Let's start with the subscriber base. There are now 20.1 million movie and TV buffs forking over greenbacks to Netflix every month, over 3 million of which were added in the fourth quarter. By comparison, Netflix added 1.93 million subscribers in the third quarter of 2010, 1.03 million in the second quarter, and 1.70 million in the first.
Revenue reached $596 million, a 34 percent year-over-year increase, and more than 60 percent higher than the $360 million in revenue in the fourth quarter of 2008.
"To summarize Q4, we would say that our huge subscriber growth, fueled by the excitement of watching instantly, impressed even us," Netflix said. "More subscriber growth enables us to spend more on streaming content, making the Netflix service seven better in 2011."
Where Netflix goes from here is anyone's guess, but it promises to be an interesting journey. Netflix hasn't been shy in saying that it's now primarily a streaming a service, and one of the challenges will be to continue to add new content without jacking prices up.
Amazon today said it reached an agreement to acquire the remaining shares in LoveFilm International Limited, a European DVD-by-mail subscription service very similar to Netflix.
"The deal is a winner for the members who love LoveFilm because of its value, choice, convenience, and innovation in home entertainment," said Simon Calver, Chief Executive of LoveFilm. "With Amazon's unequivocal support we can significantly enhance our members' experience across Europe."
Terms of the deal were not disclosed, though TechCrunch claims to "have it on good authority that LoveFilm was valued at around $312 million for the purposes of the acquisition." Amazon already owned a 42 percent stake in LoveFilm before going all in by scooping up the remaining 58 percent.
In addition to DVD-by-mail rentals, LoveFilm also offers a streaming service accessible via PCs, PlayStation 3 consoles, and some HDTVs. It will be interesting to see what Amazon does with this acquisition, and how it will affect Netflix's plans to march into Europe.
There's a new firmware revision available for Boxee Box owners that finally adds Vudu support, which Boxee has been promising since late 2010.
"Vudu on the Boxee Box means: access to the largest selection of HD movies on-demand, new releases (same day as DVD), thousands of movies available for rental at $2 for 2 nights (in standard definition). We are psyched," Boxee's Avner Ronen wrote in a blog post.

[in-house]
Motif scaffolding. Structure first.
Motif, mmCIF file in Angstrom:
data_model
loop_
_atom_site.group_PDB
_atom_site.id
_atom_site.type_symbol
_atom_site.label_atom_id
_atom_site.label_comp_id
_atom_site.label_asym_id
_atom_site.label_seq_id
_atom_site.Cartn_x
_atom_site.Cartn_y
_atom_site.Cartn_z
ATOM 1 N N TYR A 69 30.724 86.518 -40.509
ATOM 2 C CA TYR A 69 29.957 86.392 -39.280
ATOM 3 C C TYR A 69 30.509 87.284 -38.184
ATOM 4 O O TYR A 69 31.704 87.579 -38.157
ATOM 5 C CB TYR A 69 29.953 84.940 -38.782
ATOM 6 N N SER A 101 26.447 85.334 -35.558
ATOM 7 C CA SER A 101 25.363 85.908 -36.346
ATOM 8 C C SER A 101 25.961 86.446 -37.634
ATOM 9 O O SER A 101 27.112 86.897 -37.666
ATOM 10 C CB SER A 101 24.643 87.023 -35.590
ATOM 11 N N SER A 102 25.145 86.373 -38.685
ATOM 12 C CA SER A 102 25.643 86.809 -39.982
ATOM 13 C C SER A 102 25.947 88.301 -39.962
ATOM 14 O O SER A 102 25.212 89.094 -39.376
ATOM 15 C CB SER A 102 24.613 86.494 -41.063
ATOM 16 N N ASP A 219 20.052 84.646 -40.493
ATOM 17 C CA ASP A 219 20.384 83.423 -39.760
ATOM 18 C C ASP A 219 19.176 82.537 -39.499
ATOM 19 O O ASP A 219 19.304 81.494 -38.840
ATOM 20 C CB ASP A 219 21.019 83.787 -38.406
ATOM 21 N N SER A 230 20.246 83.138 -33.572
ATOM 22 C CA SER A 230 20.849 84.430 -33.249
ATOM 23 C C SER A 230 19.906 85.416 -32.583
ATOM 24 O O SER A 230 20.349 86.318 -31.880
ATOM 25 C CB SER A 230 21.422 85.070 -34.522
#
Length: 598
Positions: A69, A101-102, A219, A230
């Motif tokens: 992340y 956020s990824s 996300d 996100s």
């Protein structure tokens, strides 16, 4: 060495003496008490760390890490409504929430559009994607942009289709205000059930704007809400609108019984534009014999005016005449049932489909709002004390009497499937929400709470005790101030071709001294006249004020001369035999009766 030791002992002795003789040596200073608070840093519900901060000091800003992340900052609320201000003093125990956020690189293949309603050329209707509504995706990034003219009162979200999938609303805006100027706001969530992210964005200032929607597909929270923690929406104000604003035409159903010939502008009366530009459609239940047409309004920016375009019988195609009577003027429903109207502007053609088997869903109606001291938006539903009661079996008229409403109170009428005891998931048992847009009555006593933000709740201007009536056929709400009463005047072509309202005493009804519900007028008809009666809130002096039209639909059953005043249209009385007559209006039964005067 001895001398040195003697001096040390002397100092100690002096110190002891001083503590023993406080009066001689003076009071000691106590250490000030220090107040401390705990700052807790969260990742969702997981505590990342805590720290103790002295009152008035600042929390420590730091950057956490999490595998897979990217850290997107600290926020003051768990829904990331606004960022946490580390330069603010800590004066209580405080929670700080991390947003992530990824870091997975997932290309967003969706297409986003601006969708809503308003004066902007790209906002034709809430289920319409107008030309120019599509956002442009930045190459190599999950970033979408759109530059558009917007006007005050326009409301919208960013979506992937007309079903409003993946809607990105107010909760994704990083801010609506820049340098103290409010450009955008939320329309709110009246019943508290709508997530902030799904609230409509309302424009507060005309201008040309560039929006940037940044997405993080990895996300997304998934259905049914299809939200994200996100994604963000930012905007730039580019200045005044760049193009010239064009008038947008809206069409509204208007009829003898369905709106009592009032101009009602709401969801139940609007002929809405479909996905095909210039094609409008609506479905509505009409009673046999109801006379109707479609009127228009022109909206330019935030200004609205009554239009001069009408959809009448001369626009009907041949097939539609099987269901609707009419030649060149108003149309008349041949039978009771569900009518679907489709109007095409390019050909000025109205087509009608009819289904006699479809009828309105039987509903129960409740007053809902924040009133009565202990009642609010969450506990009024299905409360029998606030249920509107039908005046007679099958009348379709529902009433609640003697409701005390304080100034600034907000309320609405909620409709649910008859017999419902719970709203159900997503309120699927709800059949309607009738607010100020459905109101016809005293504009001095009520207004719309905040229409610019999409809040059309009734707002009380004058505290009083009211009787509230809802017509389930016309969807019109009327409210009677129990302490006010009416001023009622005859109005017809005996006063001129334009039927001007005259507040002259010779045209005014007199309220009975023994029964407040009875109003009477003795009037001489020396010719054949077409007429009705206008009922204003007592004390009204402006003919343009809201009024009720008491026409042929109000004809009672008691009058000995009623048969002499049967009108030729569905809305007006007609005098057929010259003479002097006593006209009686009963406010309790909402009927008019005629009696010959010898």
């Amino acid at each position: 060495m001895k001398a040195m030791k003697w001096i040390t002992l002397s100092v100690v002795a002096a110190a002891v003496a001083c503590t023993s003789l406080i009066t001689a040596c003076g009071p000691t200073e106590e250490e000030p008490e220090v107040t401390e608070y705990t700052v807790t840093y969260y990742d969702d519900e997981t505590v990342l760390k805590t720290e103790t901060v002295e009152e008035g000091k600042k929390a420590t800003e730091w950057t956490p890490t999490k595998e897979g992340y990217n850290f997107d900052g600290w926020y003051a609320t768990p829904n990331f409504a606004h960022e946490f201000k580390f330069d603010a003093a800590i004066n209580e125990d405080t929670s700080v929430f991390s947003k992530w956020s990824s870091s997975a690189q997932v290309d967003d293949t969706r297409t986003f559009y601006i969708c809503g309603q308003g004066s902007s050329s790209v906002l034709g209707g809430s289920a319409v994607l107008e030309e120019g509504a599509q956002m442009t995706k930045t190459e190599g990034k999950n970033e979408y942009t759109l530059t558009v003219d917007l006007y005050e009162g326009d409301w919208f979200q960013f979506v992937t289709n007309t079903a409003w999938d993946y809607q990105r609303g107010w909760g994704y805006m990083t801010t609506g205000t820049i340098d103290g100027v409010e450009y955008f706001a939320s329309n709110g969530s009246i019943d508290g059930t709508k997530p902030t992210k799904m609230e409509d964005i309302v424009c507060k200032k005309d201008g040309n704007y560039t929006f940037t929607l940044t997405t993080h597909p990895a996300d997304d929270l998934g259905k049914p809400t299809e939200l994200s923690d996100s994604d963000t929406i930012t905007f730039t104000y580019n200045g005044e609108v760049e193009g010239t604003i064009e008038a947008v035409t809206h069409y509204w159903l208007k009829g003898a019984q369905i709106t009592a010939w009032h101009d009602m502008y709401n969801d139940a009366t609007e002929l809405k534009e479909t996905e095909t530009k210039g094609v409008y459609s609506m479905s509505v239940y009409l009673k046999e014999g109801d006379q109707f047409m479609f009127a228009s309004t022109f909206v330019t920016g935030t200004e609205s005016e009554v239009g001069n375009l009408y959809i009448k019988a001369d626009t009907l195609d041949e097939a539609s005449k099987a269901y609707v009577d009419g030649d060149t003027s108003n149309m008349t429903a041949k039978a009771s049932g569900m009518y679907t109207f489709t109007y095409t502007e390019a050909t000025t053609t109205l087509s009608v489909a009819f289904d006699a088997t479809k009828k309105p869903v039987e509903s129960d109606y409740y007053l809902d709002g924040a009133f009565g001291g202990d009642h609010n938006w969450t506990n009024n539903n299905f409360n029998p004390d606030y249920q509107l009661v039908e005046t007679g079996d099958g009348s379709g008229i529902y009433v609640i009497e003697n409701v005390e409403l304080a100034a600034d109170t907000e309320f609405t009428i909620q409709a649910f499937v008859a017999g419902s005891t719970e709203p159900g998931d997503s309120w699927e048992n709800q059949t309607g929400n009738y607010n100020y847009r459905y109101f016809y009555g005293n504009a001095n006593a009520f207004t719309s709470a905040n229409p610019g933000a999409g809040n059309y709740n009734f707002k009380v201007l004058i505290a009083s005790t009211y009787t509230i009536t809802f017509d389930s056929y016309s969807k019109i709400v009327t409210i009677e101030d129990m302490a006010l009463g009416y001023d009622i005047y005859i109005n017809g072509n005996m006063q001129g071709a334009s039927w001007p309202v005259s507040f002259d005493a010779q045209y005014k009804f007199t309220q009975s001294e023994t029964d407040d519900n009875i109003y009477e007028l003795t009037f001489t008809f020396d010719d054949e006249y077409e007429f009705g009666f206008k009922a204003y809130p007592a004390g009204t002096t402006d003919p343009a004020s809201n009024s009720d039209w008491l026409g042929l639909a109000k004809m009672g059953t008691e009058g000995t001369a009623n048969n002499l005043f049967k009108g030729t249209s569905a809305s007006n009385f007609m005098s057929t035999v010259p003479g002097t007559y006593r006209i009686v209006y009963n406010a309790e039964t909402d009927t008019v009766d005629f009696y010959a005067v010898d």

To celebrate the occasion, Vudu is offering every new user who signs up on the Boxee Box a $5.99 credit towards a first rental or purchase. If you own a Boxee Box, you should have received the update by now, but if not you can force the issue by heading to Settings > System > Update.
The latest firmware release also adds a boatload of enhancements and bug fixes, but still no Netflix. Not to worry, Boxee says it's "still on track for a release later this month."
There's a rather interesting article in The Hollywood Reporter that takes an in depth look at Netflix and the impact its fast growing streaming service is having on the industry. One of the points the article touches on is the feasibility of going after content providers like HBO.
"HBO believes in content exclusivity, especially for high-value content," says Jeff Cusson, the channel’s senior VP of corporate affairs. "That’s our rationale for not selling streaming rights to a competing subscription service." HBO does license its shows to iTunes and Amazon, but indicated it has “no intention of making its content available for streaming on Netflix."
Citing a high-placed Time Warner executive, The Hollywood Reporter says Netflix would have to raise the price of its streaming-only service from $7.99 a month to $20 to make it worthwhile. Not so fast, says Ted Sarandos, chief content officer of Netflix.
"They make an incredibly great product that is very expensive to produce," Sarandos says. "But we're buyers and they're sellers, so we'll figure out a deal that makes sense. If we don't, then the service doesn't have everything, and that's OK too."
Some of what Netflix does pay for content rights may surprise you. Starz, one of the first to jump on board, inked a deal some analyst say is in the neighborhood of $30 million (that figures to increase to anywhere from $100 million to $300 million before the end of 2011), while it's believed Netflix is paying $150 million to $200 million for a year's worth of Disney content. You can see how it all starts to add up as Netflix adds more providers to the mix.
So here's the question: How much would you be willing to pay for a streaming subscription, and what would have to be included to justify that ceiling price?